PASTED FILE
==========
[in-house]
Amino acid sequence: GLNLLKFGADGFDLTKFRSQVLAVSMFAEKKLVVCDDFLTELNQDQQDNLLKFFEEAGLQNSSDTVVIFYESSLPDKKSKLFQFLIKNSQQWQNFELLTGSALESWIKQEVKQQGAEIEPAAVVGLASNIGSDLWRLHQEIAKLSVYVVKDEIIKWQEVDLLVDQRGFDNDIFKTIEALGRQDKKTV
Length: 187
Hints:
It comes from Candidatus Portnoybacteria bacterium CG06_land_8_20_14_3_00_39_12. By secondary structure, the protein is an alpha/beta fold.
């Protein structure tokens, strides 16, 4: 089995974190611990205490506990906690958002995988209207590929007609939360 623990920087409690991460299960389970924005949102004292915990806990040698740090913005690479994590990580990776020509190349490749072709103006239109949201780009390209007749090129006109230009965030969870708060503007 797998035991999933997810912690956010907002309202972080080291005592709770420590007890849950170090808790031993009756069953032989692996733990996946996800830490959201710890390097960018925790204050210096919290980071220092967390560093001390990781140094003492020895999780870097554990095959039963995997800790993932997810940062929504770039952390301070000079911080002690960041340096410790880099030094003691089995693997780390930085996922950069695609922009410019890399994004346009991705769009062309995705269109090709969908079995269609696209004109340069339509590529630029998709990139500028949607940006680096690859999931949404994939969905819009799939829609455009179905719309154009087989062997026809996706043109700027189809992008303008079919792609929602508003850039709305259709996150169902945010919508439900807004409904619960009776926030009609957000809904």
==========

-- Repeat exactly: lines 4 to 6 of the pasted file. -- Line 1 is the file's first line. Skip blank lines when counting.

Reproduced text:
Hints:
It comes from Candidatus Portnoybacteria bacterium CG06_land_8_20_14_3_00_39_12. By secondary structure, the protein is an alpha/beta fold.
């Protein structure tokens, strides 16, 4: 089995974190611990205490506990906690958002995988209207590929007609939360 623990920087409690991460299960389970924005949102004292915990806990040698740090913005690479994590990580990776020509190349490749072709103006239109949201780009390209007749090129006109230009965030969870708060503007 797998035991999933997810912690956010907002309202972080080291005592709770420590007890849950170090808790031993009756069953032989692996733990996946996800830490959201710890390097960018925790204050210096919290980071220092967390560093001390990781140094003492020895999780870097554990095959039963995997800790993932997810940062929504770039952390301070000079911080002690960041340096410790880099030094003691089995693997780390930085996922950069695609922009410019890399994004346009991705769009062309995705269109090709969908079995269609696209004109340069339509590529630029998709990139500028949607940006680096690859999931949404994939969905819009799939829609455009179905719309154009087989062997026809996706043109700027189809992008303008079919792609929602508003850039709305259709996150169902945010919508439900807004409904619960009776926030009609957000809904």